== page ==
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Chapter 14 / Partial Equilibrium

# 14.5 Partial Equilibrium

We’re now — finally! — ready to bring market demand and market supply together.

Market equilibrium occurs when the price is such that the market quantity demanded equals the market quantity supplied.

Formally, a price $p^\star$ is an equilibrium price in a market if:

• Consumer optimization: each consumer $i$ is consuming the quantity $x^i(p^\star)$ that solves their utility maximization problem.
• Firm optimization: each firm $j$ is producing the quantity $q^j(p^\star)$ that solves its profit maximization problem.
• Market clearing: the total quantity demanded by all consumers equals the total quantity supplied by all firms: $D(p) = S(p)$.

For example, in the past two sections, we derived the supply and demand functions \begin{aligned}S(p) &= N_F \times {\overline K p \over 2w}\\ D(p) &= N_C \times {\alpha m \over p}\end{aligned} If we set these two equal to one another, we get \begin{aligned}S(p) &= D(p)\\ N_F \times {\overline K p \over 2w} &= N_C \times {\alpha m \over p}\\ p^2 &= {N_C \over N_F} \times {2 \alpha m w \over \overline K}\\ p^\star &= \sqrt{\frac{N_C}{N_F} \times {2 \alpha m w \over \overline K}}\end{aligned} Plugging this back into either the demand or supply function gives us the quantity in the market will be $$Q^\star = S(p^\star) = D(p^\star) = \sqrt{N_FN_C\overline K \alpha m \over 2w}$$ This looks like a lot of variables! But in fact, what we’re seeing is that we can do all our usual Econ 1 comparative statics just from these expressions:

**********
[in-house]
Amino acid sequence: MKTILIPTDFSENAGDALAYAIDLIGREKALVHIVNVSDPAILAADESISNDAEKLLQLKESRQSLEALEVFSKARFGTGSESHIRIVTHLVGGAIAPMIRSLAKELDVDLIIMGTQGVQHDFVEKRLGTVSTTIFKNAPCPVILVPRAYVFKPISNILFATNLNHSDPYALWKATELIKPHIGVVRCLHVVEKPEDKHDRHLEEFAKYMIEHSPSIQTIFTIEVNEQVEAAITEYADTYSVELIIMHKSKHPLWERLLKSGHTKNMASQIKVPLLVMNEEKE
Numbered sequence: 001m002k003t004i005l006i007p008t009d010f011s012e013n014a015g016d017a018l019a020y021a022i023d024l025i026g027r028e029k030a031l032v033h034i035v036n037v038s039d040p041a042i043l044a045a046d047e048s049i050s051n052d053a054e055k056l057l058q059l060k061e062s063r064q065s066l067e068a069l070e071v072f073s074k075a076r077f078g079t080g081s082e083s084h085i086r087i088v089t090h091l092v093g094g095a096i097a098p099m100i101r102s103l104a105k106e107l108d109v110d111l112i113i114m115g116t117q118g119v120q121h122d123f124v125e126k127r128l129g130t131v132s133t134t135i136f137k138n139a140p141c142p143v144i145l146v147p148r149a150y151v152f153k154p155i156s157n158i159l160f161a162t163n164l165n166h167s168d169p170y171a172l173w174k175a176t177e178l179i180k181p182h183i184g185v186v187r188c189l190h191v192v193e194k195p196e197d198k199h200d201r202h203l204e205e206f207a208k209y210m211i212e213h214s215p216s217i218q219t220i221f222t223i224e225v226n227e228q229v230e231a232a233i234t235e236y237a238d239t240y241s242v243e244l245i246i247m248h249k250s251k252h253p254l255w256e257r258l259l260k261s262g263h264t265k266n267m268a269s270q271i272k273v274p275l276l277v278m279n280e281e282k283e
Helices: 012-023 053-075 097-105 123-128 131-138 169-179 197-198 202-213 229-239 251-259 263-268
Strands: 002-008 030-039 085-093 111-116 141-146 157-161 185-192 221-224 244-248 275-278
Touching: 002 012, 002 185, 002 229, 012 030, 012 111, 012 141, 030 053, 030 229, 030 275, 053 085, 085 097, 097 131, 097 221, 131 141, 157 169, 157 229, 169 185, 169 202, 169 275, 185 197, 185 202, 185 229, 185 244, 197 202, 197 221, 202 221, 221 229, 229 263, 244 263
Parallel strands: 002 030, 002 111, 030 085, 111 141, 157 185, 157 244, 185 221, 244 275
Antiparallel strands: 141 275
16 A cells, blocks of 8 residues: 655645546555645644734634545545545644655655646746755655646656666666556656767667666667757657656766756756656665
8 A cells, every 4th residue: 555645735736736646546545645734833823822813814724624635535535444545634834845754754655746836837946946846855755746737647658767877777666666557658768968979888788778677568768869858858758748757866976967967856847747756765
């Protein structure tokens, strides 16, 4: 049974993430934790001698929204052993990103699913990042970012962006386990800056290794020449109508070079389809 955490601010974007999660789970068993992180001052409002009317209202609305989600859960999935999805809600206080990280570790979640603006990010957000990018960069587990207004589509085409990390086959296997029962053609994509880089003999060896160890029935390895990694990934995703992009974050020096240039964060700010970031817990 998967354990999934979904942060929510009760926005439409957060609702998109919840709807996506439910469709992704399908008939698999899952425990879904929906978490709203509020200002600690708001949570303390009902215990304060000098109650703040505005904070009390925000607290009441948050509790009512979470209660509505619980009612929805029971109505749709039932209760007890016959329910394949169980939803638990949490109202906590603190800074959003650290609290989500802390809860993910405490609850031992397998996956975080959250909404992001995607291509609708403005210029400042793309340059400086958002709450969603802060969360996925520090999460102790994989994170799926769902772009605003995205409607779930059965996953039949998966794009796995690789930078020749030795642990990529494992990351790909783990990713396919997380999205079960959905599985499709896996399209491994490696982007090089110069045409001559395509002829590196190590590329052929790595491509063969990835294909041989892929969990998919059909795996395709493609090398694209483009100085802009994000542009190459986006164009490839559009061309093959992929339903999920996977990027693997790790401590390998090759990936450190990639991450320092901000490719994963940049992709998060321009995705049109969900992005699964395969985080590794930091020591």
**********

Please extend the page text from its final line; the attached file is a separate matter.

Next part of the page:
• If more consumers enter the market $(\uparrow N_C)$, or if consumers desire this good more $(\uparrow \alpha)$, or if consumers get more money $(\uparrow m)$ the demand curve shifts to the right; the equilibrium price and quantity both rise.
• If more firms enter the market $(\uparrow N_F)$ or if firms invest more capital in producing this good $(\uparrow \overline K)$, the supply curve shifts to the right; the equilibrium price falls, and the equilibrium quantity rises.
• If the wage rate increases $(\uparrow w)$, the supply curve shifts to the left; the equilibrium price rises, and the equilibrium quantity falls.

You can see how each of these effects (and their opposites) play out in the following diagrams. The middle diagram shows market supply and demand; the left diagram shows individual demand, and the right diagram shows individual supply.

Try changing the parameters, and see what happens to the supply or demand curves.

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Copyright (c) Christopher Makler / econgraphs.org